7. ^ a b c d e f g h Шумилов Е.Ф., "Евреи на Ижевском оружейном заводе". (in Russian)
  8. ^ a b Ренев Е.,"Шалом. Народ Торы в старом Ижевске. Инвожо. 2012. № 8. С. 47. (in Russian)
  9. ^ a b c d e f g h i Altyntsev A.V., "The Concept of Love in Ashkenazim of Udmurtia and Tatarstan", Nauka Udmurtii. 2013. № 4 (66), p. 131. (Алтынцев А.В., "Чувство любви в понимании евреев-ашкенази Удмуртии и Татарстана". Наука Удмуртии. 2013. №4. С. 131: Комментарии.) (in Russian)
  10. ^ a b Ренев Е.,"Шалом. Народ Торы в старом Ижевске. Инвожо. 2012. № 8. С. 46-47. (in Russian)
  11. ^ Пюрияйнен Д.М., "Население уездного города Сарапула во второй половине XIX - начале XX в.: социокультурный аспект" : автореф. дис. на соиск. учен. степ. канд. ист. наук. Ижевск, 2009. С. 18. (in Russian)
  12. ^ "Памятная книжка и адресъ-календарь Вятской губернiи на 1916 годъ. " Вятка: Изданiе губернскаго статистическаго комитета, 1916. C. 78. (in Russian)
  13. ^ Гришкина М.В., "Сарапульский Уезд.". Удмуртская Республика: Энциклопедия. Ижевск: Издательство "Удмуртия", 2000. С. 623-624. ISBN 5-7659-0732-6 (in Russian)
  14. ^ "Численность населения Российской Федерации по муниципальным образованиям на 1 января 2015 года." Таблица 29. (in Russian)
  15. ^ Шaйдуллин Р.В.,"Казанская Губерния." Татарская энциклопедия. История РТ и общественной мысли. Институт Татарской энциклопедии Академии наук Татарстана. (in Russian)
  16. ^ ru:Идиом (in Russian)
  17. ^ de:Idiom (Spracheigentümlichkeit) (in German)
  18. ^ a b c d e f g Goldberg-Altyntsev A.V., "A short ethnographic overview of the Ashkenazic Jews' group in Alnashsky District of Udmurt Republic". Die Sammlung der wissenschaftlichen Arbeiten der jungen jüdischen Wissenschaftler. Herausgegeben von Artur Katz, Yumi Matsuda und Alexander Grinberg. München, Dachau, 2015. S. 51.
  19. ^ a b c d e Гольдберг-Алтынцев А.В., "Краткий этнографический обзор группы ашкеназских евреев в Алнашском районе Удмуртской Республики / пер. с англ. яз. А.Й. Каца." Jewish studies in the Udmurt Republic: Online. Part 1. Edited by A. Greenberg. February 27, 2015 published. P. 3. (in Russian)
  20. ^ a b c Goldberg-Altyntsev A.V., "Some characteristics of the Jews in Alnashsky District of Udmurt Republic." The youth. The creativity. The science. Edited by V. Cox, A. Katz and A. Greenberg. Trenton, 2014, p. 28. (גאלדבערג-אלטינצעוו א.ו., ". איניגע באזונדערהייטן פון די יידן אין אלנאשסקער רייאן פון ודמורטישע רעפובליק" The youth. The creativity. The science. = Die Jugend. Die Kreativität. Die Wissenschaft. = נוער. יצירתיות. מדע Edited by V. Cox, A. Katz and A. Greenberg. Trenton, 2014. P. 28.) (in Yiddish)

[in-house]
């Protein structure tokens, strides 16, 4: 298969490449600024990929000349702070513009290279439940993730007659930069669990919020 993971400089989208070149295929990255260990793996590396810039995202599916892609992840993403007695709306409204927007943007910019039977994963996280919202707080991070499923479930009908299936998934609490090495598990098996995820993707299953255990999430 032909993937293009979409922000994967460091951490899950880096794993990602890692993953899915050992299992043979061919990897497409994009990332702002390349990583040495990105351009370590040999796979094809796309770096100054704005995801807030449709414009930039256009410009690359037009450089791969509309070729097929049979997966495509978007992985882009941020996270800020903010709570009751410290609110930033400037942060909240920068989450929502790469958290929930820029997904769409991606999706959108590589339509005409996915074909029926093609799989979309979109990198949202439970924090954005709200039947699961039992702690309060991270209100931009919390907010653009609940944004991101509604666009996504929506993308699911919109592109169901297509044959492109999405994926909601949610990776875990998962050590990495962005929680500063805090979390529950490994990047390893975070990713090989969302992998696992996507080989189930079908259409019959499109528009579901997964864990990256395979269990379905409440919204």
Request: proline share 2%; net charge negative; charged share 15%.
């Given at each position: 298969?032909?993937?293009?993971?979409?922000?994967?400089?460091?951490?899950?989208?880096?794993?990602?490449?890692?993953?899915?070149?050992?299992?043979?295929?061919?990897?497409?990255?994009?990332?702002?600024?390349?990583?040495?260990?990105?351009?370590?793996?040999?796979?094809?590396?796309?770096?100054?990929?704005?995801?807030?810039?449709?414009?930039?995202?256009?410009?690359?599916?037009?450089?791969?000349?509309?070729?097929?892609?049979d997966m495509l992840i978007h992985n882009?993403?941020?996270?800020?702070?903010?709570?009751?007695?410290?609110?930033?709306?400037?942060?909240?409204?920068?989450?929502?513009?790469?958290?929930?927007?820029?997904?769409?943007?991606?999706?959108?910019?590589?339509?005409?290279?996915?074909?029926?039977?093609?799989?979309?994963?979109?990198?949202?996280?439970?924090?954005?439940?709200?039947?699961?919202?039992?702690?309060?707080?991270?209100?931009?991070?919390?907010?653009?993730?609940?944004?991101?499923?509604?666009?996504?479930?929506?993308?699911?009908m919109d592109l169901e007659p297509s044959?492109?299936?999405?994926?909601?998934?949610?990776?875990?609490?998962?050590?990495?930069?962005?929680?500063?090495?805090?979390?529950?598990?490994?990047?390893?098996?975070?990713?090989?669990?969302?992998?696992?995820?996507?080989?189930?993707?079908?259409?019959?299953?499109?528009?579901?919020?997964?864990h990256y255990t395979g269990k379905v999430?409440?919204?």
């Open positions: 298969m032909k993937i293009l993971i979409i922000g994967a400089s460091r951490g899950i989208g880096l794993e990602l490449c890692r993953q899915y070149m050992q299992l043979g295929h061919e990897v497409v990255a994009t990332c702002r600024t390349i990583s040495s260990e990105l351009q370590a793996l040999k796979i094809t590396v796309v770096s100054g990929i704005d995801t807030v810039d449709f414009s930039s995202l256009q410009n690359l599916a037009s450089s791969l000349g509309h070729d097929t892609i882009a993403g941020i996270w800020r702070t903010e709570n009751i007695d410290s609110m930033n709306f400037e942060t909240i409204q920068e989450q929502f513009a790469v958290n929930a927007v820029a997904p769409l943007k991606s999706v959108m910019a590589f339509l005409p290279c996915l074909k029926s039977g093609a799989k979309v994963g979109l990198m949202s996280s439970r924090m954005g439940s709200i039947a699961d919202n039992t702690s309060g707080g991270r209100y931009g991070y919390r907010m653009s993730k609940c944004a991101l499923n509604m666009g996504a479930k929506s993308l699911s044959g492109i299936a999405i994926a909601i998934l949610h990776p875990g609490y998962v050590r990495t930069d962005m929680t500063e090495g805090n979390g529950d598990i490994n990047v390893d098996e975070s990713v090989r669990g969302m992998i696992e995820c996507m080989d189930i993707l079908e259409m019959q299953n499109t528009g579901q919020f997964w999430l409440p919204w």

21. ^ a b Altyntsev A.V., "The Concept of Love in Ashkenazim of Udmurtia and Tatarstan", Nauka Udmurtii. 2013. № 4 (66), p. 132. (Алтынцев А.В., "Чувство любви в понимании евреев-ашкенази Удмуртии и Татарстана". Наука Удмуртии. 2013. №4. С. 132: Комментарии.) (in Russian)
  22. ^ a b Goldberg-Altyntsev A.V., "A short ethnographic overview of the Ashkenazic Jews' group in Alnashsky District of Udmurt Republic". Die Sammlung der wissenschaftlichen Arbeiten der jungen jüdischen Wissenschaftler. Herausgegeben von Artur Katz, Yumi Matsuda und Alexander Grinberg. München, Dachau, 2015. S. 51-52.
  23. ^ Altynzew A.W., Tuganaew W.W., "Die kurze Charakteristik des ökologischen Zustands des udmurtischen sakralen Orts Lud neben dem Dorf Kusebajewo im Rajon Alnaschi der Udmurtischen Republik ". Die Sammlung der wissenschaftlichen Arbeiten der jungen jüdischen Wissenschaftler / Herausgegeben von Artur Katz, Yumi Matsuda und Alexander Grinberg. München, Dachau, 2015. S. 17. (in German)
  24. ^ Goldberg-Altyntsev A.V., Tuganaev V.V. "Brief ecological overview of south-udmurt sacral territory Lud near the village Kuzebaevo of Alnashsky District of Udmurt Republic". The modern rural economy: Actual issues of development. Edited by J. Johnson. Topeka, 2014. P. 39.
  25. ^ Шутова Н.И., "Дохристианские культовые памятники в удмуртской религиозной традиции: Опыт комплекстного исследования". Ижевск: Удмуртский институт истории, языка и литературы УрО РАН, 2001. С. 49-58, С. 265-267 (in Russian)
  26. ^ Altyntsev A.V., Tuganaev V.V., "A short description of ecological state of udmurt sacred place Lud near the village Kuzebaevo in Alnashsky District of Udmurt Republic." Сельскохозяйственные науки и агропромышленный комплекс на рубеже веков: сборник материалов X Международной научно-практической конференции. Под общ. ред. С.С. Чернова. Новосибирск: Издательство ЦРНС, 2015. С. 8.
  27. ^ Kosareva I.A., "On Lud and Kuala social-cult groups of the Udmurts. " Herald of Chelyabinsk State University. 2011. № 34 (249). P. 13-15. (Косарева И.А., "О социально-культовых группах Луда и Куалы у удмуртов ." Вестник Челябинского государственного университета. 2011. № 34 (249). С. 13-15.) (in Russian)
  28. ^ Kosareva I.A., "The spread of Bulda cult and the problem of discovering ethnographic subdivisions of Southern Udmurts ." Herald of Chelyabinsk State University. 2011. № 34 (249). P. 17-18. (Косарева И.А., "Распространение культа Булды и проблема выявления этнографических подразделений южных удмуртов." Вестник Челябинского государственного университета. 2011. № 34 (249). С. 17-18.) (in Russian)
  29. ^ Овсянникова Е., "Кузёбай вӧсьёс." Инвожо. 2001. №12. 60-68-тӥ б. (in Udmurt)
  30. ^ Altyntsev A.V., "The Concept of Love in Ashkenazim of Udmurtia and Tatarstan", Nauka Udmurtii. 2013. № 4 (66), p. 128, p. 130-131. (Алтынцев А.В., "Чувство любви в понимании евреев-ашкенази Удмуртии и Татарстана". Наука Удмуртии. 2013. №4. С. 128, С. 130-131: Комментарии.) (in Russian)
  31. ^ Алтынцев А.В., "Основные аспекты семейного воспитания традиционных духовных ценностей евреев-ашкенази Удмуртии." Созидающая природа человека: материалы Петраковск. чтений (Рос. науч.-теорет. конф.), 2-3 дек. 2011 г. Ижевск: Удмурт. ун-т, 2011. С. 10. (in Russian)
  32. ^ a b c d Гольдберг-Алтынцев А.В., "Краткий этнографический обзор группы ашкеназских евреев в Алнашском районе Удмуртской Республики / пер. с англ. яз. А.Й. Каца." Jewish studies in the Udmurt Republic: Online. Part 1. Edited by A. Greenberg. February 27, 2015 published. P. 2. (in Russian)